We can buy products to make hair gleam, be longer, and we can color it (both lighten and cover grey).


Even, symmetrical female faces -- right down to the smallest millimeter -- are the signs of strong estrogen. Yes, science points to your shifting face, girl; with your face being the most even & symmetrical when you are ovulating (most fertile). So you can imagine what even slight imperfections such as acne can do to a man 'reading' or evaluating (however unconsciously) a woman's visage.

Powders & creams enhance -- not only the complexion but can help disguise unevenness in features. Such are the skin care and cosmetic trickery which attract men into believing a female is more fertile. Thus the vials on the vanity really are to lure him on over & fill him with desire.


There are studies which indicate an (at least Western) male preferred waist-to-hip ratio (WHR) for females of 7/10ths (or 0.7). ** This ratio gives at least the bottom curvy hip of the hourglass figure of Marilyn Monroe as opposed to the stick-straight shape you find on the average runway model (the likes of which clothing is draped upon, but whose names remain unknown because we do not celebrate their beauty as individuals). The 0.7 is a also magical ratio known in the United States to be an indication of an extremely healthy and fertile woman. Coincidence? I don't think so.

Women can diet & exercise -- a natural way to provide (perhaps) more desirable ratios and better health and (perhaps) fertility. But we can also use shapewear, belts, and other fashions to shrink waists &/or plump hips and behinds; giving the illusion of a lower waist-to-hip ratio. And we can suck, insert & others sculpt our bodies via surgery to get that lower WHR.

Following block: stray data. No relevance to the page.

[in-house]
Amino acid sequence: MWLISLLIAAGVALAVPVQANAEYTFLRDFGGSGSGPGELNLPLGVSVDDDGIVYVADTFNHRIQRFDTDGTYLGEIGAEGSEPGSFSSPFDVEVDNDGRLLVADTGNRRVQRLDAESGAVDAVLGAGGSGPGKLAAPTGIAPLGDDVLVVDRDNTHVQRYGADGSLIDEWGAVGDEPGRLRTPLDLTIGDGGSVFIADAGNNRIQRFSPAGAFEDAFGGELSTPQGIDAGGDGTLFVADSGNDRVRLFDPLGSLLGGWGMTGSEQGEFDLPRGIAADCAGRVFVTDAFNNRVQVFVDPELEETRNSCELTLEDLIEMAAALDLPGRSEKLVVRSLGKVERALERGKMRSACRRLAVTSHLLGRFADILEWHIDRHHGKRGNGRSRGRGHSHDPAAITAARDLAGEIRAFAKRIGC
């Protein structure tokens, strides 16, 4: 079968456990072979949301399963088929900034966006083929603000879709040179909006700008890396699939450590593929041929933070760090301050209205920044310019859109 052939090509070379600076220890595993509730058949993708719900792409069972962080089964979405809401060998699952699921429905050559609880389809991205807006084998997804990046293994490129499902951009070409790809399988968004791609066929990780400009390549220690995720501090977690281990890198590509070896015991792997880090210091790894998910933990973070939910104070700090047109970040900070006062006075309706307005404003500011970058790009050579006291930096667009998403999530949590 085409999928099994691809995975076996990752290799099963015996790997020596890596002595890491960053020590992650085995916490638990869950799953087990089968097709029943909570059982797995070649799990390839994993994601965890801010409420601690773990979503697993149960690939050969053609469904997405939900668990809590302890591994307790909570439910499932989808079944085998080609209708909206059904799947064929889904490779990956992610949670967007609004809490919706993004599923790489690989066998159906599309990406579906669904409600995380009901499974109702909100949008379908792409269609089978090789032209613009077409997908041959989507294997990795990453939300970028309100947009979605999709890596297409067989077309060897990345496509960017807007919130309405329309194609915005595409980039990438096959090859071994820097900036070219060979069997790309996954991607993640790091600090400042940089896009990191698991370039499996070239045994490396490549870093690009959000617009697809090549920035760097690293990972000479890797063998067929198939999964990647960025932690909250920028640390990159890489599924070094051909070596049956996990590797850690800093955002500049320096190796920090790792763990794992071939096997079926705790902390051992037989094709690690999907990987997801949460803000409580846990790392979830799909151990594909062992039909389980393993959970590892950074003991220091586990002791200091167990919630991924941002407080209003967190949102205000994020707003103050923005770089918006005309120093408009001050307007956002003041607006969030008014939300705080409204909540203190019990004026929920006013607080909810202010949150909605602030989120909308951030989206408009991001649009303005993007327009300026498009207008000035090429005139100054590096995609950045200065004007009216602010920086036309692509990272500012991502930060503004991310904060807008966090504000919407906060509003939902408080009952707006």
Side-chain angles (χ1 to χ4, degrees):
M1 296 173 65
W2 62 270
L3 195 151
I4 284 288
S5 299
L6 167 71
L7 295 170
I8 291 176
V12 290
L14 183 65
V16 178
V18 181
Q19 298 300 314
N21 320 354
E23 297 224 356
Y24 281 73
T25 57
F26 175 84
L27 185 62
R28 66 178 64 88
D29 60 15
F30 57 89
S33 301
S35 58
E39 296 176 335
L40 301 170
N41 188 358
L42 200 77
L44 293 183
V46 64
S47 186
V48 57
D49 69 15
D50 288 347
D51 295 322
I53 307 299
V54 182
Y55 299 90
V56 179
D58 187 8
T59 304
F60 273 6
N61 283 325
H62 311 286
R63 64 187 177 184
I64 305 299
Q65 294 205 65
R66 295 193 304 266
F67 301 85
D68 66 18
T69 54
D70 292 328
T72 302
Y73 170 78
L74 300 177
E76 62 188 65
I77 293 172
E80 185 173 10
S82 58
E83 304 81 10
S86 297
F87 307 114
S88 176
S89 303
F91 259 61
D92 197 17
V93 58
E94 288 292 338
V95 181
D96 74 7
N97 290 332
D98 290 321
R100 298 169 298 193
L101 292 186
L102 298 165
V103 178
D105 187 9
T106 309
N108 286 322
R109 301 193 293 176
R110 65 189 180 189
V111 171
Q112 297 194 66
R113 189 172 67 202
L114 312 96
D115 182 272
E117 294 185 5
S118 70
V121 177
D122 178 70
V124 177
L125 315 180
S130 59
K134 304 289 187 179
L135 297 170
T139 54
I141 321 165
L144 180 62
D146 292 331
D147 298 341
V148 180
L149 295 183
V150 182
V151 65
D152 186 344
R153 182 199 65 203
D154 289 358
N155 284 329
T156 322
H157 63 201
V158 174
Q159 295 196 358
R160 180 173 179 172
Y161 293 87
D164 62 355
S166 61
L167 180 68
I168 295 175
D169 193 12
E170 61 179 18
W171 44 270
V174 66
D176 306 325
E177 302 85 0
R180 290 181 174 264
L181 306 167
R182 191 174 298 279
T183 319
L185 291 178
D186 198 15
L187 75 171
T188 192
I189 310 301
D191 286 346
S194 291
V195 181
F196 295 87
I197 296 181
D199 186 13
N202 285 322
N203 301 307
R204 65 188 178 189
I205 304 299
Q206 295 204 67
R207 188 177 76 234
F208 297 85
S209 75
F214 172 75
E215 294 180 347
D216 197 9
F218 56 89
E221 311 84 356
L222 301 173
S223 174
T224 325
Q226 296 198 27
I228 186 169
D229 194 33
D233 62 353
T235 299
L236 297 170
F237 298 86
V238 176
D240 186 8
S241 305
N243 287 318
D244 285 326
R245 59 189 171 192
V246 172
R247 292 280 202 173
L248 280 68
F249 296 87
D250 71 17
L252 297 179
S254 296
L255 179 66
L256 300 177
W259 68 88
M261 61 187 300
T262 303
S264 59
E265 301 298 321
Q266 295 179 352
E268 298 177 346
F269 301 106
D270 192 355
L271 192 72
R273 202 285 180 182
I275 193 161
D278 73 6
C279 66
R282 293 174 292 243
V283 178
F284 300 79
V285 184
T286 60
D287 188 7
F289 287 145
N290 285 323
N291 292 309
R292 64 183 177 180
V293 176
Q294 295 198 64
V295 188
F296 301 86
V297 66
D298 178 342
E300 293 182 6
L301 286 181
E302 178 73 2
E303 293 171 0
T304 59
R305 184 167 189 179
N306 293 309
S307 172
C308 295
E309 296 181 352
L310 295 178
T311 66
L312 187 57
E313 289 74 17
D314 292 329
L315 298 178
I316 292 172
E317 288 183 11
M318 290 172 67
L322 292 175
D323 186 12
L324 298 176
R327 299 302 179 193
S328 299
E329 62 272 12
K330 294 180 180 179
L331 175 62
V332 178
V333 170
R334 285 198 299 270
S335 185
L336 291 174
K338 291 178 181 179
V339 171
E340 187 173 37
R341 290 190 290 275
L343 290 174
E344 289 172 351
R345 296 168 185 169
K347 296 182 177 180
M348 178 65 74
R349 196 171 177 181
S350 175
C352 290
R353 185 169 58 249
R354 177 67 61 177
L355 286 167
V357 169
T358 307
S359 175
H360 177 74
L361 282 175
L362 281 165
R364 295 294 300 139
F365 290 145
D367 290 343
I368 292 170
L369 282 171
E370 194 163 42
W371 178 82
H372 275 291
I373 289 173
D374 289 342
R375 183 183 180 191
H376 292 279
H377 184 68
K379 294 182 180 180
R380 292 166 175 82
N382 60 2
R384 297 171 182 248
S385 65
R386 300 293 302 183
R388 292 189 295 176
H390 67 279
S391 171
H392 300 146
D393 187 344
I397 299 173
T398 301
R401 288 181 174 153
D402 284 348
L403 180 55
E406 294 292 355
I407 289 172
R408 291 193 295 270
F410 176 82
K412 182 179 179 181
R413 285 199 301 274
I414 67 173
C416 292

Once you see this...

It seems to me we all would be better served if there was more honesty in the discussion of "beauty". Instead of having magazines trot out the traditional and tired beauty tips, instead of having feminists rail at the conformist nature of the beauty and fashion industry and victimization of women, instead of discussing what is 'hot' and 'how to be hot', we should all be looking at why 'hot' matters -- as well as when it should and shouldn't matter (or be used).

If we women want to "look beautiful" to please ourselves, we should be able to do so without being accused of playing into men's hands. But we should also be aware of what (and who) we trigger, for when we tamper with nature we trifle with male tools. And blaming men for thinking with the small head while we indirectly stroke it is self-defeating at best and inappropriate at worst.

More to come.

** The waist-to-hip ratio of 0.7 is under heavy discussion in several arenas.

Scientifically, the debate centers around questions of the method of the study (line drawings used) and the study group (location & culture; Western v. non-Western males). For example, some studies indicate men from poor rural backgrounds in other parts of the world prefer women with a ratio of 8/10th. (This 0.8 indicates a little thicker waist, but still an hourglass shape.) Others studies indicate that in less wealthy countries where hunger is a larger issue body mass index (BMI) is the first cue; WHR the second. The non-universality of WHR prompts the discussion that if such standards of appreciation and desire are not cross-culturally in practice, and we are all the same animal, it cannot be biological.

While nature v. nurture is always a question, the science of low female WHR and male attraction seems to be holding up -- and far better than the other arguments from feminists regarding waist-to-hip ratios and the biological laws of attraction.